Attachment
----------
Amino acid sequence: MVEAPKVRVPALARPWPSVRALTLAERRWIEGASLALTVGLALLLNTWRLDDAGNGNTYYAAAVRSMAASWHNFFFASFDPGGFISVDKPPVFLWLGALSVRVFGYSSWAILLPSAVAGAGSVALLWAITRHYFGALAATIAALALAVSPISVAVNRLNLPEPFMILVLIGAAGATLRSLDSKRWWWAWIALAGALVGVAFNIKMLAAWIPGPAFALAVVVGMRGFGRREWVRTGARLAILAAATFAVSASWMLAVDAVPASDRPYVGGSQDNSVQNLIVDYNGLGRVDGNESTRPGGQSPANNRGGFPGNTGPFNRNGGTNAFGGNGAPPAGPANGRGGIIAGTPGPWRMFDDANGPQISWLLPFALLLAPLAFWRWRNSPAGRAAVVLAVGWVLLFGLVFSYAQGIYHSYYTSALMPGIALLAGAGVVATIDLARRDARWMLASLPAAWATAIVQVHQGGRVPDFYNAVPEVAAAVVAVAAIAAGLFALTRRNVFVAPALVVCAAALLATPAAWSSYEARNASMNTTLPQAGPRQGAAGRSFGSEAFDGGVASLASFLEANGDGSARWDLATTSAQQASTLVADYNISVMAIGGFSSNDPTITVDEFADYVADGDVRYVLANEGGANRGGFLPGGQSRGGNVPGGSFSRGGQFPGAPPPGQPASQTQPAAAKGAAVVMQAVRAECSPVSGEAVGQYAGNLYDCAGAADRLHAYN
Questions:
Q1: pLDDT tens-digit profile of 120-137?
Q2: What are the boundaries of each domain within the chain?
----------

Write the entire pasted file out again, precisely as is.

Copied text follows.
Amino acid sequence: MVEAPKVRVPALARPWPSVRALTLAERRWIEGASLALTVGLALLLNTWRLDDAGNGNTYYAAAVRSMAASWHNFFFASFDPGGFISVDKPPVFLWLGALSVRVFGYSSWAILLPSAVAGAGSVALLWAITRHYFGALAATIAALALAVSPISVAVNRLNLPEPFMILVLIGAAGATLRSLDSKRWWWAWIALAGALVGVAFNIKMLAAWIPGPAFALAVVVGMRGFGRREWVRTGARLAILAAATFAVSASWMLAVDAVPASDRPYVGGSQDNSVQNLIVDYNGLGRVDGNESTRPGGQSPANNRGGFPGNTGPFNRNGGTNAFGGNGAPPAGPANGRGGIIAGTPGPWRMFDDANGPQISWLLPFALLLAPLAFWRWRNSPAGRAAVVLAVGWVLLFGLVFSYAQGIYHSYYTSALMPGIALLAGAGVVATIDLARRDARWMLASLPAAWATAIVQVHQGGRVPDFYNAVPEVAAAVVAVAAIAAGLFALTRRNVFVAPALVVCAAALLATPAAWSSYEARNASMNTTLPQAGPRQGAAGRSFGSEAFDGGVASLASFLEANGDGSARWDLATTSAQQASTLVADYNISVMAIGGFSSNDPTITVDEFADYVADGDVRYVLANEGGANRGGFLPGGQSRGGNVPGGSFSRGGQFPGAPPPGQPASQTQPAAAKGAAVVMQAVRAECSPVSGEAVGQYAGNLYDCAGAADRLHAYN
Questions:
Q1: pLDDT tens-digit profile of 120-137?
Q2: What are the boundaries of each domain within the chain?